Remploy workers to strike on Monday (22 October) to coincide with public visit by disabilities minister, Esther McVey

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Remploy workers are to take further strike action on Monday (22 October) amid rising concern that potential new owners of key factories plan to de-recognise the unions.

(Pictured: Remploy worker on strike, Glasgow. September 2012)

The action comes as unions have protested that managers have kept staff in the dark ‘for months’ over the future of one of the sites at the centre of a wave of industrial action.

Seven months after the announcement that Remploy’s healthcare division planned to privatise its factory at Springburn, in Glasgow, unions say no decision has been taken on the future of the site.

An email to Remploy executives, seen by UnionNews, accuses managers of ‘colluding’ with one potential buyer for the company’s healthcare factories in Glasgow and Chesterfield, ‘to circumvent TUPE regulation so he can make higher profit at the expense of severely disabled employees.’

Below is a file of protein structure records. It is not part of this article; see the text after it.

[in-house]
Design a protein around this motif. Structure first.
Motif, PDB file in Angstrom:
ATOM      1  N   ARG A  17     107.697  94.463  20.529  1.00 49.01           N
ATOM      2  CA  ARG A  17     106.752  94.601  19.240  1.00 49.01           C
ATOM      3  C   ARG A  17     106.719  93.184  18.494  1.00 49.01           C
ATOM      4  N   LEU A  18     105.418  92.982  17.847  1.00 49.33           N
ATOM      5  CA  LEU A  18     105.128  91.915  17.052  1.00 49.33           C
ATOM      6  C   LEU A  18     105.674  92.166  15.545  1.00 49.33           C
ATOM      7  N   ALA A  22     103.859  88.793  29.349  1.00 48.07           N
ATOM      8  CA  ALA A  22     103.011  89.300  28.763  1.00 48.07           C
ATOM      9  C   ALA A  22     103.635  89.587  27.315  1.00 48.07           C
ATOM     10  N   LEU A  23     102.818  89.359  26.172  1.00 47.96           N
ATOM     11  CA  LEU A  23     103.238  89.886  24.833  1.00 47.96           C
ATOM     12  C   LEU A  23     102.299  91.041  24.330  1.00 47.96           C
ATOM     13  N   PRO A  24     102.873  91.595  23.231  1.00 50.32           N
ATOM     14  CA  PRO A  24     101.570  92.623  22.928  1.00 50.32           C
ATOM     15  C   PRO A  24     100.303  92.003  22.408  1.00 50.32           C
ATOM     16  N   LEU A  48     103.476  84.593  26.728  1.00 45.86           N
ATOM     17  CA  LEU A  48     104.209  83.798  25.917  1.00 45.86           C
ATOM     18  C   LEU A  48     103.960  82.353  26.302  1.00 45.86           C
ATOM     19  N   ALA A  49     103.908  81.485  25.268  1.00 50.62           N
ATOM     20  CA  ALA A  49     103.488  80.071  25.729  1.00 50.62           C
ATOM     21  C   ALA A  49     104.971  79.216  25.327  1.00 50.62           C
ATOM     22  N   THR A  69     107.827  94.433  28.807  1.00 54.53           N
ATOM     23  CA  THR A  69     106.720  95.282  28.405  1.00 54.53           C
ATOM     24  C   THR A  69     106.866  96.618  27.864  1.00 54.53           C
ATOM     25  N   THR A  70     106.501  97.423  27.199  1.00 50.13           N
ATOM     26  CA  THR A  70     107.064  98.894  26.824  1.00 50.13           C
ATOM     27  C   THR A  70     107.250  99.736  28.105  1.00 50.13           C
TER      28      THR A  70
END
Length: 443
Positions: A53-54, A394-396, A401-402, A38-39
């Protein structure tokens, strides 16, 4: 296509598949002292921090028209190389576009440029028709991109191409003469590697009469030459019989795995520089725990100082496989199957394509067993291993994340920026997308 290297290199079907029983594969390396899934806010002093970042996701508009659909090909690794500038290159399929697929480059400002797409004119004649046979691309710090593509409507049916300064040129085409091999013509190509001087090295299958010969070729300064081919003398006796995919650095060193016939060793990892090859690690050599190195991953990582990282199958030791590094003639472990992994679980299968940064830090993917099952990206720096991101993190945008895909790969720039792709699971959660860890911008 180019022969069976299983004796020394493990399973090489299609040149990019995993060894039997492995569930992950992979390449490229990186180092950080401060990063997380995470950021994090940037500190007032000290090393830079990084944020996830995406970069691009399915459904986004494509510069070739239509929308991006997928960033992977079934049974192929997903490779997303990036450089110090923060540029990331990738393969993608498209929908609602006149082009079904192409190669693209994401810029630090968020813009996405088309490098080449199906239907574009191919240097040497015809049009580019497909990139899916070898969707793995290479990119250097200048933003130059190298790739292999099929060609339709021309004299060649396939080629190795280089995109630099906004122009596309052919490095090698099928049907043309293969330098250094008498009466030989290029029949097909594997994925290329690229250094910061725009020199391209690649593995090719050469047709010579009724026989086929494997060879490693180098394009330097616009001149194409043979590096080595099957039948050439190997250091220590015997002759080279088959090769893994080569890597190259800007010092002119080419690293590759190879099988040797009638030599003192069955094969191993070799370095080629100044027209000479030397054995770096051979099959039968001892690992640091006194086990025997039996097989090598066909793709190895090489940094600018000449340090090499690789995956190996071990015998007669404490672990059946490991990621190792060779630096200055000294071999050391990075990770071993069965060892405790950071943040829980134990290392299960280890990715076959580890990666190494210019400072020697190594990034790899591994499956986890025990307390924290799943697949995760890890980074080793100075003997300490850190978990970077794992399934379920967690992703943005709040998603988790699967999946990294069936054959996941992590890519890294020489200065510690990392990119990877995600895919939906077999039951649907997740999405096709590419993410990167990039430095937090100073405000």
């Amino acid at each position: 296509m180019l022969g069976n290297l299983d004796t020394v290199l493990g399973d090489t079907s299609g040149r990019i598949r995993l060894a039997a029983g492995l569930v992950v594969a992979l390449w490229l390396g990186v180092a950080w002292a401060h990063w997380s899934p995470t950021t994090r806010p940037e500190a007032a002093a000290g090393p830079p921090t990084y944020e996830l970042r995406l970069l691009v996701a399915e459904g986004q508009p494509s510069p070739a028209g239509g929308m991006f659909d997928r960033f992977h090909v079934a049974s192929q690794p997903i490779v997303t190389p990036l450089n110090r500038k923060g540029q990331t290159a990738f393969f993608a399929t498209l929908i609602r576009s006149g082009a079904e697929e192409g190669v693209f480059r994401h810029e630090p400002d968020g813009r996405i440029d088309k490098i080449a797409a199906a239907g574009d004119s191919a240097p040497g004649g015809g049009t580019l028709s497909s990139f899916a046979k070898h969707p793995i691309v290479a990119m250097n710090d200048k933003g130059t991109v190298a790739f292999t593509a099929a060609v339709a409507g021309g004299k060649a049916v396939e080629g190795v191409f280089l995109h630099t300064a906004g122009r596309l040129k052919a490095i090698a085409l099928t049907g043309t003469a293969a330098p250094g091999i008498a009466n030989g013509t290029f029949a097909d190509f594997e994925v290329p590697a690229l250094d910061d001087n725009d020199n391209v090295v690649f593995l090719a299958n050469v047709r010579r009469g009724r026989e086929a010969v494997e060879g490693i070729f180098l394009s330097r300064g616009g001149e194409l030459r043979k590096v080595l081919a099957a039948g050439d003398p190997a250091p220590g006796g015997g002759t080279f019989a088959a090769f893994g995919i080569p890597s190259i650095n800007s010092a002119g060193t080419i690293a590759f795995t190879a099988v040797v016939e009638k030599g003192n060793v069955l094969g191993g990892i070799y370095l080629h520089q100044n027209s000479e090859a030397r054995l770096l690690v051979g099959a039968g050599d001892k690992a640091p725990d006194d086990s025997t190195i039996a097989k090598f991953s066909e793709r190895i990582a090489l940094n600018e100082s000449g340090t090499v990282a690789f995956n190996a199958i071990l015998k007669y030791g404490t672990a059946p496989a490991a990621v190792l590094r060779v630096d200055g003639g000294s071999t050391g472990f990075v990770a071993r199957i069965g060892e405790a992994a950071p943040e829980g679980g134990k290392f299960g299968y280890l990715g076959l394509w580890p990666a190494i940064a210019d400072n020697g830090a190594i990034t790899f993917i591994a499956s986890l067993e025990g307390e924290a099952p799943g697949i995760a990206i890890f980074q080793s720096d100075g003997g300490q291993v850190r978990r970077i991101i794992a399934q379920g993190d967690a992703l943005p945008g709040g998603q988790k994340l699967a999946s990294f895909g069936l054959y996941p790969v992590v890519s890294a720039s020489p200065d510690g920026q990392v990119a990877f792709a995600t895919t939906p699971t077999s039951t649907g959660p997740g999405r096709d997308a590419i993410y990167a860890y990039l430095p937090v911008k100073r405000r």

The email also says any attempt to de-recognise the trade unions ‘will be resisted by all means at our disposal’.

For some months, unions have expressed concern that bidders for nine Remploy sites earmarked for sale had not given the Department for Work and Pensions any long-term guarantees that the pay, pensions or employment of staff would be protected by the new owners.

Union reps say a number of employees who already have mental health problems are finding the situation especially stressful.

Senior steward in the joint unions consortium, Phil Brannan, said: “The atmosphere is of anger more than anything. People are fizzing mad with the company.

“They just want to find out what’s going on with the factory and their future.”

Workers at four factories in Scotland – Cowdenbeath, Dundee, Leven and Springburn – have confirmed they will take strike action on Monday and will join a lobby of the Scottish Parliament when Disabilities Minister, Esther McVey, holds talks with Scottish government ministers and officials.

Her visit comes in the same week as two Remploy sites north of the border, in Aberdeen and Edinburgh, are scheduled to close.

It emerged yesterday the company had rejected a £120,000 bid to save the jobs of 14 disabled workers by allowing the Aberdeen site to operate as a social enterprise hub for the city.


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